This 2-drug combo shrinks breast cancer tumors

A pink light trail in the shape of the breast cancer awareness pink ribbon

Researchers have discovered a new targeted combination drug therapy that efficiently reduces tumor growth in metastatic breast cancer.

Their findings could lead to the development of a new first line targeted therapy for the treatment of triple negative breast cancer (TNBC), with the prospect of rapidly transitioning to clinical trials in humans.

Breast cancer is the leading cause of cancer death in women around the world, responsible for 1,700 deaths every day. Although the vast majority of breast cancers are treatable, the most aggressive subtype—TNBC—has a high recurrence rate, a high potential for metastasis, and shows resistance to conventional treatments, leading to poor prognosis and survival outcomes.

“There is no targeted therapy for TNBC. Chemotherapy treatment can even enrich these tumors in cancer stem cells and be detrimental to the patient, as we have shown in a previous study,” says Jean-Jacques Lebrun, senior scientist in the Cancer Research Program at the Research Institute of McGill University Health Centre (RI-MUHC) and principal investigator of the study. “Filling that huge medical gap was our motivation in conducting this study.”

While most breast cancers have one of three main receptors that are like entrance gates for treatments—estrogen, progesterone, and a protein called human epidermal growth factor (HER2)—TNBC has none, thus the name triple negative breast cancer.


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Using state-of-the-art technologies such as gene editing and genome-wide molecular approaches, the team identified two pathways which they could target in a therapeutic strategy.

Aggressive and deadly triple-negative breast cancer

In the first part of the study, researchers identified about 150 genes that could either induce tumor formation (oncogenes) or prevent tumor formation (tumor suppressors).

To achieve this, they screened the whole human genome—all 20,000 genes—in a preclinical mouse model of TNBC. Using the gene editing technique CRISPR/Cas9, they cut each of the genes individually and induced their loss of function—a process called gene knock out. Very few studies have used these forward genetic in vivo CRISPR screens at the genome-wide scale so far.

The team then showed that in TNBC an oncogenic pathway (MTOR) is activated whereas a tumor suppressor pathway (HIPPO) is inhibited, which could possibly explain why those tumors are so aggressive and deadly.

To establish the therapeutic relevance of their findings, the team took the investigation one step further.

“By disrupting the function of all genes, one by one, we found two major pathways that are involved in the regulation of the tumor development,” says Meiou Dai, a research associate in the Lebrun Lab at the RI-MUHC and first author of the study, published in Nature Communications.

“We thought, if we take an existing drug that can block the oncogenic pathway and add one that can promote the tumor suppressor pathway, we could have an effect in terms of blocking cancer formation.”

Shrinking tumors

The researchers looked at existing drugs that could target these pathways and made experiments in vitro and in vivo. As a result, they found two efficient drugs: Torin1, a second generation drug known to block the MTOR pathway, and verteporfin, a drug normally used for a retina eye disease that can mimic the HIPPO pathway.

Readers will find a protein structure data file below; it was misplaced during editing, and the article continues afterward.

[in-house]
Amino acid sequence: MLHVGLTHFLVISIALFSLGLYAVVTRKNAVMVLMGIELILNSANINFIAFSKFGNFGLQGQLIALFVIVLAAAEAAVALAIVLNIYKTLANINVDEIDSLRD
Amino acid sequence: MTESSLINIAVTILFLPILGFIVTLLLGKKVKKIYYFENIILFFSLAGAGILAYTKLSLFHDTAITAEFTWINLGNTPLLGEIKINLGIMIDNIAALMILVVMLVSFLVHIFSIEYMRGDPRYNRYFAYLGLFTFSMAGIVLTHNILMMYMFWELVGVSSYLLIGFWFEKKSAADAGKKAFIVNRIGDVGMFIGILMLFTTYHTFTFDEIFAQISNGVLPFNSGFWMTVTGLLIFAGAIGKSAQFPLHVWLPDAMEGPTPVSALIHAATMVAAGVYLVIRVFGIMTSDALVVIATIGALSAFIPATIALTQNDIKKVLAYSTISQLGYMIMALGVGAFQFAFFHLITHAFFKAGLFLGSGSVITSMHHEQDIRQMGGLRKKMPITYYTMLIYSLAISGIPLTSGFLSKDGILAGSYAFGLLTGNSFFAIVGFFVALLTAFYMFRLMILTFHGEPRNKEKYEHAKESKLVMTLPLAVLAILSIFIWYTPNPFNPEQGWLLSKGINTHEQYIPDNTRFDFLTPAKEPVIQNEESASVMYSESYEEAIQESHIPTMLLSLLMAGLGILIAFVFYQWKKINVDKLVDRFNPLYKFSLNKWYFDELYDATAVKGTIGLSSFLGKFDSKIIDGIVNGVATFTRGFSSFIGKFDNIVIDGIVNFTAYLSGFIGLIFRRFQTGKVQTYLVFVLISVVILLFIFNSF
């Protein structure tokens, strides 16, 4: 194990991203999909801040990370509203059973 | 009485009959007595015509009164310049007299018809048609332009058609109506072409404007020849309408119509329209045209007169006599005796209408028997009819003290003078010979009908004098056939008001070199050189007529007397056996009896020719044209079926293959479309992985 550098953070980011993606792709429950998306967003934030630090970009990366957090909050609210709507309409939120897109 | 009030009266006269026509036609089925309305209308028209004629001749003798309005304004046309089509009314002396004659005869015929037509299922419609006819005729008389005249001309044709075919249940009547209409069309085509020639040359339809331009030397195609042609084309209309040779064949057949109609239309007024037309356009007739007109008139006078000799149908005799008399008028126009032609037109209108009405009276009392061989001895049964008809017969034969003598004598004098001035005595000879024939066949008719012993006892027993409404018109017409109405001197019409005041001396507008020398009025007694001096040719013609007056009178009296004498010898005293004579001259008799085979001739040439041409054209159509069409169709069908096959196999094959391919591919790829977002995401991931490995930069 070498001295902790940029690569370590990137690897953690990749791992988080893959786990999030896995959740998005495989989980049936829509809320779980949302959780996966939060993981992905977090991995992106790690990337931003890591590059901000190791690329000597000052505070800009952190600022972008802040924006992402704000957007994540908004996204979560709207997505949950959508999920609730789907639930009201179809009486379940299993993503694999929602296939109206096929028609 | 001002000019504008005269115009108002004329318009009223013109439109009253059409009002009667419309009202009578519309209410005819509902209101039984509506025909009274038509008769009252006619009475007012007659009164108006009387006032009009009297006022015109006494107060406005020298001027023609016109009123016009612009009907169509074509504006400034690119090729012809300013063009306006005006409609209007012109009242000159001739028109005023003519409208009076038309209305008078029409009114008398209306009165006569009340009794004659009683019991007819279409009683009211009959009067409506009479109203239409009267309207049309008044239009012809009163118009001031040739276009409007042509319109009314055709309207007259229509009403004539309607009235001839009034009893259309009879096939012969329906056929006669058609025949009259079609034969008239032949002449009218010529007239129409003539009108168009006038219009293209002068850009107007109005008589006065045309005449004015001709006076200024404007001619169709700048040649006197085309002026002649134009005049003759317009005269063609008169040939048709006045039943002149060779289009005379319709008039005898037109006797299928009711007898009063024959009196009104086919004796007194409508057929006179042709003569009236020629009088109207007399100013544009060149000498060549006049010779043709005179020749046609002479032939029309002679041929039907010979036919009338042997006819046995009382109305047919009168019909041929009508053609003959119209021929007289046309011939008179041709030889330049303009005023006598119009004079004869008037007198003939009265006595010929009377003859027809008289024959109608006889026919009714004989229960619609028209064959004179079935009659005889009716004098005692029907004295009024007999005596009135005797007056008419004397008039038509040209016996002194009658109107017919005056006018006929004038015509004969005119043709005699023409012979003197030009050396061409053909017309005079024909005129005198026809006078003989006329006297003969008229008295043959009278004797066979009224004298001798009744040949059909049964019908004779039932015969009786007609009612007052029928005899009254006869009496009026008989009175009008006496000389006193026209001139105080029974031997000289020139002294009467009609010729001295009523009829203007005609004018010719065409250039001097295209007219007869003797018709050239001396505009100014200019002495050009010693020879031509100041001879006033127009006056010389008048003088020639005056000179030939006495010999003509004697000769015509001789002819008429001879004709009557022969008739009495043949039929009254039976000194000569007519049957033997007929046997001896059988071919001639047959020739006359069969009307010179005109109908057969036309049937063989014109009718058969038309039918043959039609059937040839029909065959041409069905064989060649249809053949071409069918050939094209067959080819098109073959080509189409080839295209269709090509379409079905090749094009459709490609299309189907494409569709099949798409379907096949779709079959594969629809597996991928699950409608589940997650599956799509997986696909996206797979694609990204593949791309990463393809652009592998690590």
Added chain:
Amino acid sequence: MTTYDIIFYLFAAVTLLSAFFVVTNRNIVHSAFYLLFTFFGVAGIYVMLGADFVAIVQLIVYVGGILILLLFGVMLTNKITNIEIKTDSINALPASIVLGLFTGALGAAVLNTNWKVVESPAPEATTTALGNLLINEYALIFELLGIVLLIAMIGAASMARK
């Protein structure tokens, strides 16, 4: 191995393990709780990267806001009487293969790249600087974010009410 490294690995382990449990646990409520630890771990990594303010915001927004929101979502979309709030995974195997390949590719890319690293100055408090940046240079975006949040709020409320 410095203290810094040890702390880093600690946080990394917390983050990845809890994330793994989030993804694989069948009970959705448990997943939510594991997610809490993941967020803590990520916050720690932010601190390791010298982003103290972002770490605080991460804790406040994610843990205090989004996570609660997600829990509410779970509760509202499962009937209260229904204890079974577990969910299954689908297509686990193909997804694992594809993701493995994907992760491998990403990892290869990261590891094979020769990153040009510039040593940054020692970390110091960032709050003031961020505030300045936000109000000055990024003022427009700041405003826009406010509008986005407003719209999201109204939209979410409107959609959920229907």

They mixed the two drugs together and used mathematical models and a pharmacological approach to define whether the two drugs were acting independently or in synergy.

“What we found was beyond our expectations: the two drugs acted in a synergistic manner and efficiently reduced tumor growth in vitro as well as in vivo, using cell- and patient-derived xenograft models of TNBC,” says Lebrun, who is also a professor in the McGill department of medicine.

In the study, the researchers noticed that verteporfin induced cell death by apoptosis—a very classical cell death mechanism. Torin1, on the other hand, induced cell death through a non-apoptotic mechanism called macropinocytosis, an endocytic process also referred to as “cell drinking,” which allows all nutrients and fluids outside of the cell to be incorporated into the cell, eventually leading to implosion of the cell and catastrophic cell death.

Macropinocytosis is a natural mechanism that cancer cells use for their own advantage, to grow bigger and faster,” explains Dai. “We realized that when we used the two drugs together, Torin1 utilizes this mechanism to favor the incorporation of verteporfin into the cell thereby increasing the later apoptotic cell death effects. It is this synergistic process that allows the two drugs to efficiently inhibit tumor formation.”

The results of this comprehensive study define a new approach to efficiently prevent tumor formation and reduce the tumor burden, i.e., the size of a tumor, or the amount of cancer in the body, by simultaneously targeting pro-oncogenic and tumor suppressor pathways. The proposed targeted combination therapy for TNBC patients will help fill an important medical gap in the metastatic breast cancer field.

Finally, this study underscores the power and robustness of in vivo CRISPR genome wide screens in identifying clinically relevant and innovative therapeutic modalities in cancer.

The Canadian Institutes for Health Research (CIHR) funded the work.

Source: McGill University

About The Author

Fabienne Landry-McGill

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This article orginally appeared on Futurity

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